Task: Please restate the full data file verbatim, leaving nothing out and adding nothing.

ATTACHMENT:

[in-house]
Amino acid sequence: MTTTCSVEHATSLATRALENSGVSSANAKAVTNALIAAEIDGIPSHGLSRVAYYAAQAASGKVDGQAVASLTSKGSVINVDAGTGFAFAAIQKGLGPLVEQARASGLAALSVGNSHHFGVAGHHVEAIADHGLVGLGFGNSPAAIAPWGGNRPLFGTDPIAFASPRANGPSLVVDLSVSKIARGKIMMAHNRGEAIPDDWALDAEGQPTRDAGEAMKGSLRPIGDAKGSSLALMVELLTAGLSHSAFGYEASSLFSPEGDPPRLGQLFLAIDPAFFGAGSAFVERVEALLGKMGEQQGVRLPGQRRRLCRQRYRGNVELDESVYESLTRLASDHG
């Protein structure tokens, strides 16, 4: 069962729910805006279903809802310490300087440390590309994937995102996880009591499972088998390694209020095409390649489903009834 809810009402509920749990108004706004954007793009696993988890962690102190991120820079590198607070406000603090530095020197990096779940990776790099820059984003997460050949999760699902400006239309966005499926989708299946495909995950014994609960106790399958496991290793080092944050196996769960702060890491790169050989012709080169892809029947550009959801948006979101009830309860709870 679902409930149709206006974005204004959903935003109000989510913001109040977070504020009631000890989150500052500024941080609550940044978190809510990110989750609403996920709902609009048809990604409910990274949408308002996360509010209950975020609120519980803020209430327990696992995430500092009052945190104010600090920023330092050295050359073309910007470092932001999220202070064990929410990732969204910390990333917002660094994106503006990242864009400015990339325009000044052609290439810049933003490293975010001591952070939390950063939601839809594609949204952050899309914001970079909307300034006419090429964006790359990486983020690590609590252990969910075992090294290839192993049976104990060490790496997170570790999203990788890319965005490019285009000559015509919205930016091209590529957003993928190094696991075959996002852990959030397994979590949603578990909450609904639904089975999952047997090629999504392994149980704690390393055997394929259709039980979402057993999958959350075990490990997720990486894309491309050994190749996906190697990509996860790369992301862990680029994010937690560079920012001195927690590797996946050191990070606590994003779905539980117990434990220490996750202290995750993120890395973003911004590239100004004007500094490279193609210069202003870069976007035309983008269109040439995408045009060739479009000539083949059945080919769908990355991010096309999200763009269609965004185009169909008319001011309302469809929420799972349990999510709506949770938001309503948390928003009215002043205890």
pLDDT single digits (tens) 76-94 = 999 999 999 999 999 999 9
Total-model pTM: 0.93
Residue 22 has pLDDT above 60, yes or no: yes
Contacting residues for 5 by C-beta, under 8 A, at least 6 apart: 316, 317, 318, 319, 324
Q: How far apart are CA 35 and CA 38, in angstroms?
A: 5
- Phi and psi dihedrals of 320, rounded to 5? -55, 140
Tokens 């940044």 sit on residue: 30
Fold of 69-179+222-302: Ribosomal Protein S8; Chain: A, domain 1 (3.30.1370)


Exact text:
[in-house]
Amino acid sequence: MTTTCSVEHATSLATRALENSGVSSANAKAVTNALIAAEIDGIPSHGLSRVAYYAAQAASGKVDGQAVASLTSKGSVINVDAGTGFAFAAIQKGLGPLVEQARASGLAALSVGNSHHFGVAGHHVEAIADHGLVGLGFGNSPAAIAPWGGNRPLFGTDPIAFASPRANGPSLVVDLSVSKIARGKIMMAHNRGEAIPDDWALDAEGQPTRDAGEAMKGSLRPIGDAKGSSLALMVELLTAGLSHSAFGYEASSLFSPEGDPPRLGQLFLAIDPAFFGAGSAFVERVEALLGKMGEQQGVRLPGQRRRLCRQRYRGNVELDESVYESLTRLASDHG
């Protein structure tokens, strides 16, 4: 069962729910805006279903809802310490300087440390590309994937995102996880009591499972088998390694209020095409390649489903009834 809810009402509920749990108004706004954007793009696993988890962690102190991120820079590198607070406000603090530095020197990096779940990776790099820059984003997460050949999760699902400006239309966005499926989708299946495909995950014994609960106790399958496991290793080092944050196996769960702060890491790169050989012709080169892809029947550009959801948006979101009830309860709870 679902409930149709206006974005204004959903935003109000989510913001109040977070504020009631000890989150500052500024941080609550940044978190809510990110989750609403996920709902609009048809990604409910990274949408308002996360509010209950975020609120519980803020209430327990696992995430500092009052945190104010600090920023330092050295050359073309910007470092932001999220202070064990929410990732969204910390990333917002660094994106503006990242864009400015990339325009000044052609290439810049933003490293975010001591952070939390950063939601839809594609949204952050899309914001970079909307300034006419090429964006790359990486983020690590609590252990969910075992090294290839192993049976104990060490790496997170570790999203990788890319965005490019285009000559015509919205930016091209590529957003993928190094696991075959996002852990959030397994979590949603578990909450609904639904089975999952047997090629999504392994149980704690390393055997394929259709039980979402057993999958959350075990490990997720990486894309491309050994190749996906190697990509996860790369992301862990680029994010937690560079920012001195927690590797996946050191990070606590994003779905539980117990434990220490996750202290995750993120890395973003911004590239100004004007500094490279193609210069202003870069976007035309983008269109040439995408045009060739479009000539083949059945080919769908990355991010096309999200763009269609965004185009169909008319001011309302469809929420799972349990999510709506949770938001309503948390928003009215002043205890």
pLDDT single digits (tens) 76-94 = 999 999 999 999 999 999 9
Total-model pTM: 0.93
Residue 22 has pLDDT above 60, yes or no: yes
Contacting residues for 5 by C-beta, under 8 A, at least 6 apart: 316, 317, 318, 319, 324
Q: How far apart are CA 35 and CA 38, in angstroms?
A: 5
- Phi and psi dihedrals of 320, rounded to 5? -55, 140
Tokens 């940044």 sit on residue: 30
Fold of 69-179+222-302: Ribosomal Protein S8; Chain: A, domain 1 (3.30.1370)